Assistance ranges from counselling services to how to make a police report. The results of the reporting are then reflected on an online map which shows the areas in Egypt which have received the most complaints.
I spoke to Rebecca Chiao, co-founder and director of Harassmap, who explained why she helped spearhead such a campaign. Although having previously focused on advocacy, she believes the solution is not just legal – but must also directly engage in shifting certain cultural perspectives.
“Harassment in the ’60s was not like it is now – not out of control. What people used to do is chase those who did it and shave their heads out of shame. Society stood up and said it’s not going to be tolerated.”
Even today, if someone has a shaved head, Egyptians will joke that they have been harassing a woman. However, the social stigma that was once there is no longer present. She argues that contemporary Egyptian society has allowed harassment to fester. “A lot of people think it’s a joke, or even cool to do it. We believe this is why it continues.”
Harassmap has received requests for help from women’s groups in Pakistan, Palestine, Indonesia, Turkey and the US
Interestingly, in the first days of the revolution, she claims that harassment almost disappeared. As people felt a stake in their country, they behaved in a way they wanted Egypt to look like. Communities organised themselves with neighbourhood safety groups, protecting their streets and donning a revived attitude of respect for others. This encouraged Harassmap to continue to target the attitudes of local communities.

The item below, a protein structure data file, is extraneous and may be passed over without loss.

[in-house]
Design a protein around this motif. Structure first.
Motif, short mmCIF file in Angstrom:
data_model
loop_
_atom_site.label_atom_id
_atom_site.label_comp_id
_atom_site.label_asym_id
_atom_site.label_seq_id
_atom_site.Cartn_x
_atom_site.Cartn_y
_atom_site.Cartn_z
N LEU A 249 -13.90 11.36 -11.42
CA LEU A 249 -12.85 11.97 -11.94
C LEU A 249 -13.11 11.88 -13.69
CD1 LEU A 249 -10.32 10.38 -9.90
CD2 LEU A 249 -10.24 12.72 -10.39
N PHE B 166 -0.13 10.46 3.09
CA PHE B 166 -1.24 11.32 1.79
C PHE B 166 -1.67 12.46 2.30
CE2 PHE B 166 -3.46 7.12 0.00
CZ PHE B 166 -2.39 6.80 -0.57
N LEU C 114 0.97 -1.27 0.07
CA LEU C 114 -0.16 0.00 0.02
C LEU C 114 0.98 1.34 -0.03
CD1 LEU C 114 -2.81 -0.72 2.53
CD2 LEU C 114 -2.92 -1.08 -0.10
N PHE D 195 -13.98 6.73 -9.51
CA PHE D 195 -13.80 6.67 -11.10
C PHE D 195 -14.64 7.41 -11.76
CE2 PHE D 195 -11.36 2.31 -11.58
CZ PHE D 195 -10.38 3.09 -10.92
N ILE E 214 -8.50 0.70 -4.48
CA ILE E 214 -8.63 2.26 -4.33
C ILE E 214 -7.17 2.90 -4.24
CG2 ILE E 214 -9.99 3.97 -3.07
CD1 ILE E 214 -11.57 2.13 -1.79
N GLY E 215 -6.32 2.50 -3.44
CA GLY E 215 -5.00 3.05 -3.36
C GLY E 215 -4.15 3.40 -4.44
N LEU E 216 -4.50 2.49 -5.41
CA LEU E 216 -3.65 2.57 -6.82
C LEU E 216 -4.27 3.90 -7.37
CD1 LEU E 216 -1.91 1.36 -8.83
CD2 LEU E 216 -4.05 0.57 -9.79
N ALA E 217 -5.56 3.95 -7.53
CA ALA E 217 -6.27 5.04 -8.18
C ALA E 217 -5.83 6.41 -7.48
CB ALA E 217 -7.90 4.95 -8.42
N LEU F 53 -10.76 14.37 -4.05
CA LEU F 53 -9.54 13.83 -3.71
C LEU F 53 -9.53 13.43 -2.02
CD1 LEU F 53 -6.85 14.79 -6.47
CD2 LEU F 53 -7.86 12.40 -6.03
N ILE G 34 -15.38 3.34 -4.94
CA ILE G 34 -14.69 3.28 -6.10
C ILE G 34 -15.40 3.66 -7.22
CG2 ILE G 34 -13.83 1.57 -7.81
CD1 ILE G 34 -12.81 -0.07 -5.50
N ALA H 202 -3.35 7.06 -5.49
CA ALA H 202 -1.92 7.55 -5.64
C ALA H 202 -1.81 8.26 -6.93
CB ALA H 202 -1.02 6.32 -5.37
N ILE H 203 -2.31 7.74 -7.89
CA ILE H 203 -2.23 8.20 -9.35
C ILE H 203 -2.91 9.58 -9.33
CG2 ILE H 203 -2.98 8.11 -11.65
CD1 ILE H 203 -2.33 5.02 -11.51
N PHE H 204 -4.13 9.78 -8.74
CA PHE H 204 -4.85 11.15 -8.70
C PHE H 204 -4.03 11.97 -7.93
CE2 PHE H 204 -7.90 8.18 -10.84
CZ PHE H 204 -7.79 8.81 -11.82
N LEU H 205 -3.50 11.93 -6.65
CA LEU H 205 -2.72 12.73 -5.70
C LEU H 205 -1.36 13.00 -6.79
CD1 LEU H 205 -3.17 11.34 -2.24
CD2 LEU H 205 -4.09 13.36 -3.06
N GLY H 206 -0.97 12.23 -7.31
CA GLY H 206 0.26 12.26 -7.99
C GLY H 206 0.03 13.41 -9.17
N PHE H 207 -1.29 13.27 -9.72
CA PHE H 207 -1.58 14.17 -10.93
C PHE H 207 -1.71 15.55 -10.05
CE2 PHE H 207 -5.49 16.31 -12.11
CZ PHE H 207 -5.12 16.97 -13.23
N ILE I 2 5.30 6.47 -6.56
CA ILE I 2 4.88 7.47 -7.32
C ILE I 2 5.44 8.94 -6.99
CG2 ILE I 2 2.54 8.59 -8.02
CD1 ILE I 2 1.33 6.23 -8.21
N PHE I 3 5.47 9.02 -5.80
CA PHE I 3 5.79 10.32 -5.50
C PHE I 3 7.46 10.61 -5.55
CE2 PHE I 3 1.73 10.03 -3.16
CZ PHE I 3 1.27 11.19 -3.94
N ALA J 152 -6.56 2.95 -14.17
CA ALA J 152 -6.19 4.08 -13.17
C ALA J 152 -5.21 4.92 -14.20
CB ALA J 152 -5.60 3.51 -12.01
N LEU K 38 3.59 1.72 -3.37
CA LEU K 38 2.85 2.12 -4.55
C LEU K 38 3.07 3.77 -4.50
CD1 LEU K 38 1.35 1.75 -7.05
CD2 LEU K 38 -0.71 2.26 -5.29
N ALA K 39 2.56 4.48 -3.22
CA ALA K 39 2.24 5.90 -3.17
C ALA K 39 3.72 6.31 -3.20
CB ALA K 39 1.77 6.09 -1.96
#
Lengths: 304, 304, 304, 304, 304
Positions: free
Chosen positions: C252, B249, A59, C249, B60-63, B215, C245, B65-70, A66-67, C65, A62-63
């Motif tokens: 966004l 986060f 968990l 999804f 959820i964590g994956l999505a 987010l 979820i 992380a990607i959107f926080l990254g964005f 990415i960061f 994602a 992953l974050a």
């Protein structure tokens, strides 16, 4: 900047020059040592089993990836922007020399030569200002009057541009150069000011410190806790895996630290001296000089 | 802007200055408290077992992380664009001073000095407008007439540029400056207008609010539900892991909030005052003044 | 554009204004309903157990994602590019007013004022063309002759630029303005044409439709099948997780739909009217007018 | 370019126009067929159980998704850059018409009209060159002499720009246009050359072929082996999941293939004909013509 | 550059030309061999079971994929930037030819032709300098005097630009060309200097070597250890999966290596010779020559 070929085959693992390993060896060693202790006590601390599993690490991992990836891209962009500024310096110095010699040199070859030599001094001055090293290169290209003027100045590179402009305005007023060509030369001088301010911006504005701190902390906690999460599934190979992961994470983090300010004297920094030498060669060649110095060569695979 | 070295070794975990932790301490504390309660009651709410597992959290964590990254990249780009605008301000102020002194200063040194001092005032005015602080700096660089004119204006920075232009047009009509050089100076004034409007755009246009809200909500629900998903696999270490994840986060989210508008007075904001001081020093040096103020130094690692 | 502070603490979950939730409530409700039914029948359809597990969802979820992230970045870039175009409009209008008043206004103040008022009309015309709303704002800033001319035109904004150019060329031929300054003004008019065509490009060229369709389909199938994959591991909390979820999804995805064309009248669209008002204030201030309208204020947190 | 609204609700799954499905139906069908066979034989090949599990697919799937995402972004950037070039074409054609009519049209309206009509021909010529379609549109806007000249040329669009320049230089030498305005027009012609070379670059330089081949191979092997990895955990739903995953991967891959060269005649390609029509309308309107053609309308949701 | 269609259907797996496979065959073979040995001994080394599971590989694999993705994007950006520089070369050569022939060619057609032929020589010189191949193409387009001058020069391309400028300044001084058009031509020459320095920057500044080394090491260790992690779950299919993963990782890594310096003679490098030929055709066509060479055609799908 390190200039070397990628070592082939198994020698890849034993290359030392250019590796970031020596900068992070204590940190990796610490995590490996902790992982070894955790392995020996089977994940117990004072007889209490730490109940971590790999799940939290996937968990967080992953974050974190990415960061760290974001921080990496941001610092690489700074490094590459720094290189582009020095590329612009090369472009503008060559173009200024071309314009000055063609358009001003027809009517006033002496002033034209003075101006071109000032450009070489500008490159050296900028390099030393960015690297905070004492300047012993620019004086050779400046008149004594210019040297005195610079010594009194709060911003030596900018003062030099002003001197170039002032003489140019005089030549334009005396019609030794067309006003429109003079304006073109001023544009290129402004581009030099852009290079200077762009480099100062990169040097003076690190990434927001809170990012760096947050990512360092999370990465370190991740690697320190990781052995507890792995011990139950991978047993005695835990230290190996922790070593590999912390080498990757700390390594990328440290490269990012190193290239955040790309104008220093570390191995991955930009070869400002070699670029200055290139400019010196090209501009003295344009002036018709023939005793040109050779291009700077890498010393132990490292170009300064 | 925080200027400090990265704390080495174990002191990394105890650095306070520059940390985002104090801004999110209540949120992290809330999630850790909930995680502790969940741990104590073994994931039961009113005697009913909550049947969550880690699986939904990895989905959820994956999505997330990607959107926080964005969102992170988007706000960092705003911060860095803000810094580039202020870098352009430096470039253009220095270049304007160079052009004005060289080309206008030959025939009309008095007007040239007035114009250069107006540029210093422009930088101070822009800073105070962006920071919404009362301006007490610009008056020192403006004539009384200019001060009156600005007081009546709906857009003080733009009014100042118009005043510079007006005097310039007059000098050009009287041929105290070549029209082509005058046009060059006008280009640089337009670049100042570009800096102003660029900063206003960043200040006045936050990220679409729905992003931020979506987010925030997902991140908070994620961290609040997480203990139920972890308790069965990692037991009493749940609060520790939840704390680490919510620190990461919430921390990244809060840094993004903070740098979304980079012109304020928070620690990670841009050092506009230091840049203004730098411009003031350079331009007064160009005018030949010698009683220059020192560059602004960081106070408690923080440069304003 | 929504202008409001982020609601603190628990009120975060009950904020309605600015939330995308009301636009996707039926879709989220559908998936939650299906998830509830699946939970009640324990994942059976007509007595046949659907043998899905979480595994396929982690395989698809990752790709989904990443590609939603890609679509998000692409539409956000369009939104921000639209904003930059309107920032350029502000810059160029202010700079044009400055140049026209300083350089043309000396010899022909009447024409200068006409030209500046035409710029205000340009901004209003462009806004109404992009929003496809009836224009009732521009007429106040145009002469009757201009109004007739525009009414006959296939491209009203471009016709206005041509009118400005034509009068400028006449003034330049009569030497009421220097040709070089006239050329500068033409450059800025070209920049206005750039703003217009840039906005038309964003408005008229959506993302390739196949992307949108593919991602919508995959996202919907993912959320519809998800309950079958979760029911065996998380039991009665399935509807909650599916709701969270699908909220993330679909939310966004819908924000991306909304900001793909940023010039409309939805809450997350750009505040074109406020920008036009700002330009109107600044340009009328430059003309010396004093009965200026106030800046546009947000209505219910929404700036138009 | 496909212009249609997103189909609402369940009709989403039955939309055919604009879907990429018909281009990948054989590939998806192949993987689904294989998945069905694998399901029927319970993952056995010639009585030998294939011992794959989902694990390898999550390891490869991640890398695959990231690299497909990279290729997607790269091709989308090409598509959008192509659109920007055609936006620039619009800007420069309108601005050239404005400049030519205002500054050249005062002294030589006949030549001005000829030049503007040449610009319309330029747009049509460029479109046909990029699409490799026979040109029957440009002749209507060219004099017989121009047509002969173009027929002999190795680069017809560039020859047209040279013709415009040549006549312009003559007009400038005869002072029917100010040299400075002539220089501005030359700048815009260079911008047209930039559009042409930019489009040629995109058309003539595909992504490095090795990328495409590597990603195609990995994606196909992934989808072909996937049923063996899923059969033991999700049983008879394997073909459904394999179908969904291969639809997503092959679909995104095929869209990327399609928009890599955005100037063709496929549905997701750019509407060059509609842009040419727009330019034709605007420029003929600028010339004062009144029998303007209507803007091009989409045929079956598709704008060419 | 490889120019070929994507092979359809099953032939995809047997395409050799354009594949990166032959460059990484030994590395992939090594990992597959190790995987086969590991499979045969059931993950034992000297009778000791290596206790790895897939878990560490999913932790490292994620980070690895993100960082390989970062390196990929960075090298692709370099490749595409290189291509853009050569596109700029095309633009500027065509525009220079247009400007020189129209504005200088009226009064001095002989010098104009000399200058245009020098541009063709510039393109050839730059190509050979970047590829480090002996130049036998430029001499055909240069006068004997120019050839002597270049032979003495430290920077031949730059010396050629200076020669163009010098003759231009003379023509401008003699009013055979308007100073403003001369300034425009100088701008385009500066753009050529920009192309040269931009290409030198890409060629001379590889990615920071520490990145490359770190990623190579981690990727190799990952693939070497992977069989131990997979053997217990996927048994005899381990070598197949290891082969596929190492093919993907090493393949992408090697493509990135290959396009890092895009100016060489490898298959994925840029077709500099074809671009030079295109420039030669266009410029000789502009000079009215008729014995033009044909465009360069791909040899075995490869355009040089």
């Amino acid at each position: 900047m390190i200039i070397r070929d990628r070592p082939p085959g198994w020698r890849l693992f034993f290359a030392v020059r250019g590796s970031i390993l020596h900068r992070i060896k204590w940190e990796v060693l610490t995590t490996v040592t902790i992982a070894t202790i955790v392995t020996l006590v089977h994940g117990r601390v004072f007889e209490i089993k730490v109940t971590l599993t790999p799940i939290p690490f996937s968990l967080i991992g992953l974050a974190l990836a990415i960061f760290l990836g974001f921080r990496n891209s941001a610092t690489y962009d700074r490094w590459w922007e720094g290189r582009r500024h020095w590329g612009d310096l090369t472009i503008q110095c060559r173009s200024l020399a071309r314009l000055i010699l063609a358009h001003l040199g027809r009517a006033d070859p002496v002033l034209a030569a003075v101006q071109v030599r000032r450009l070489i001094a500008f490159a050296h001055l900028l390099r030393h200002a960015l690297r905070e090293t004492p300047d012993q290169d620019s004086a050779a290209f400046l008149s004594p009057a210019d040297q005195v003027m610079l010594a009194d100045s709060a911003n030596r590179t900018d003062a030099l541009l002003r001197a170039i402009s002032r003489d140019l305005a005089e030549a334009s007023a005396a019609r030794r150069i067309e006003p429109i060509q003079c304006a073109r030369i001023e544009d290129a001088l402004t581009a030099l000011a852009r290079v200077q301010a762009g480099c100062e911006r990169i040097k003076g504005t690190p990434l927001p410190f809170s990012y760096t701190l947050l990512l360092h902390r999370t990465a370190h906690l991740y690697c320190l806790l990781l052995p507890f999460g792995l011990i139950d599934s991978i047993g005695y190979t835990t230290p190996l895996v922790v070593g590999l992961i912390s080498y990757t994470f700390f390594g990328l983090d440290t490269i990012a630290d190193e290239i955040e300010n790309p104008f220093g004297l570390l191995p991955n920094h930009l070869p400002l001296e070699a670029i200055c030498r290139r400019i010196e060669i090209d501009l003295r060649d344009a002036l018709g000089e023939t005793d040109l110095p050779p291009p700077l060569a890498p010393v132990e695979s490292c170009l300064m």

With over 500 volunteers across the country, Harassmap takes a pro-active approach on the streets. Volunteers speak to people as neighbours and remind men of traditional Egyptian values of safety, dignity and pride in the streets. They believe education which reminds people of their culture and history is effective and indeed, most people they have approached have been receptive to discussion and change.
Common misconceptions are addressed – for example, through statistics showing that harassment doesn’t correlate to the way a woman is dressed. In fact, a friend recently told me about an Egyptian lady she knows who used to wear mini-skirts – and wasn’t harassed once. Her personal journey then led her to wearing niqab (the full face veil) and she has experienced many incidents of harassment since.